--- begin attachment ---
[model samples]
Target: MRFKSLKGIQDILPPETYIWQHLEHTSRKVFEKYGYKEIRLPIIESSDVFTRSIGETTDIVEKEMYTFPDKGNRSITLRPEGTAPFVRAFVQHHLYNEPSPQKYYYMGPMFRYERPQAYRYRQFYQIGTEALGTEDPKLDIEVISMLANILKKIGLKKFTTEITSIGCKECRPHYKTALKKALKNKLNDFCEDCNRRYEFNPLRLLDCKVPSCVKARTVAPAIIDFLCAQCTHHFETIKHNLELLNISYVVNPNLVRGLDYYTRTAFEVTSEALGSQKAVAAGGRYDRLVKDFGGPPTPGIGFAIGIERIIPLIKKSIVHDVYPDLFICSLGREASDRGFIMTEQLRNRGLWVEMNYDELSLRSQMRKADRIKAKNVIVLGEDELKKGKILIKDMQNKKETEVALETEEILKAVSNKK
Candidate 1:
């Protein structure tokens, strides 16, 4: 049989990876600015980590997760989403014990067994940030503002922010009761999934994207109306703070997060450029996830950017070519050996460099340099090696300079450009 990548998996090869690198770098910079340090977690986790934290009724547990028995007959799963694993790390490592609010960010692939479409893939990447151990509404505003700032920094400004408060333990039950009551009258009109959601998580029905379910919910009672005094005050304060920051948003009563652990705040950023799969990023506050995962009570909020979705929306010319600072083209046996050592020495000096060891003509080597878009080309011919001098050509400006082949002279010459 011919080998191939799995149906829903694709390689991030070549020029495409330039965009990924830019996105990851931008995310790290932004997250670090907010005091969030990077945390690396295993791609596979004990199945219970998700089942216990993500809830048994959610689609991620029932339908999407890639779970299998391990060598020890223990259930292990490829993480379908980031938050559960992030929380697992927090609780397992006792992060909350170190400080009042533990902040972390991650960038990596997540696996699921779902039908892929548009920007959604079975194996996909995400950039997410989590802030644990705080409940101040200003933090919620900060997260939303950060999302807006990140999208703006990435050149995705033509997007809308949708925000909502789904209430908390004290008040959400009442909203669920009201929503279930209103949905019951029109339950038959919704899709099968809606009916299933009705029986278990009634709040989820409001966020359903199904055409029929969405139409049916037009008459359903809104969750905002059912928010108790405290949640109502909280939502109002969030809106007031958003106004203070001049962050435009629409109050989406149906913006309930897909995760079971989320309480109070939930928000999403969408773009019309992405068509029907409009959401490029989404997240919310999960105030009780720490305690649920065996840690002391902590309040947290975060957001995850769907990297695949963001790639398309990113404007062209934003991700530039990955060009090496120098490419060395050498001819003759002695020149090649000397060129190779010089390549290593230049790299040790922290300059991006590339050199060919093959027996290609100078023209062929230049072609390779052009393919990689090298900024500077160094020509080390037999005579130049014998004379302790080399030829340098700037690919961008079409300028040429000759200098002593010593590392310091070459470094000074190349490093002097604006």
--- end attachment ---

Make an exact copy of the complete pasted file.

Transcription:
[model samples]
Target: MRFKSLKGIQDILPPETYIWQHLEHTSRKVFEKYGYKEIRLPIIESSDVFTRSIGETTDIVEKEMYTFPDKGNRSITLRPEGTAPFVRAFVQHHLYNEPSPQKYYYMGPMFRYERPQAYRYRQFYQIGTEALGTEDPKLDIEVISMLANILKKIGLKKFTTEITSIGCKECRPHYKTALKKALKNKLNDFCEDCNRRYEFNPLRLLDCKVPSCVKARTVAPAIIDFLCAQCTHHFETIKHNLELLNISYVVNPNLVRGLDYYTRTAFEVTSEALGSQKAVAAGGRYDRLVKDFGGPPTPGIGFAIGIERIIPLIKKSIVHDVYPDLFICSLGREASDRGFIMTEQLRNRGLWVEMNYDELSLRSQMRKADRIKAKNVIVLGEDELKKGKILIKDMQNKKETEVALETEEILKAVSNKK
Candidate 1:
């Protein structure tokens, strides 16, 4: 049989990876600015980590997760989403014990067994940030503002922010009761999934994207109306703070997060450029996830950017070519050996460099340099090696300079450009 990548998996090869690198770098910079340090977690986790934290009724547990028995007959799963694993790390490592609010960010692939479409893939990447151990509404505003700032920094400004408060333990039950009551009258009109959601998580029905379910919910009672005094005050304060920051948003009563652990705040950023799969990023506050995962009570909020979705929306010319600072083209046996050592020495000096060891003509080597878009080309011919001098050509400006082949002279010459 011919080998191939799995149906829903694709390689991030070549020029495409330039965009990924830019996105990851931008995310790290932004997250670090907010005091969030990077945390690396295993791609596979004990199945219970998700089942216990993500809830048994959610689609991620029932339908999407890639779970299998391990060598020890223990259930292990490829993480379908980031938050559960992030929380697992927090609780397992006792992060909350170190400080009042533990902040972390991650960038990596997540696996699921779902039908892929548009920007959604079975194996996909995400950039997410989590802030644990705080409940101040200003933090919620900060997260939303950060999302807006990140999208703006990435050149995705033509997007809308949708925000909502789904209430908390004290008040959400009442909203669920009201929503279930209103949905019951029109339950038959919704899709099968809606009916299933009705029986278990009634709040989820409001966020359903199904055409029929969405139409049916037009008459359903809104969750905002059912928010108790405290949640109502909280939502109002969030809106007031958003106004203070001049962050435009629409109050989406149906913006309930897909995760079971989320309480109070939930928000999403969408773009019309992405068509029907409009959401490029989404997240919310999960105030009780720490305690649920065996840690002391902590309040947290975060957001995850769907990297695949963001790639398309990113404007062209934003991700530039990955060009090496120098490419060395050498001819003759002695020149090649000397060129190779010089390549290593230049790299040790922290300059991006590339050199060919093959027996290609100078023209062929230049072609390779052009393919990689090298900024500077160094020509080390037999005579130049014998004379302790080399030829340098700037690919961008079409300028040429000759200098002593010593590392310091070459470094000074190349490093002097604006």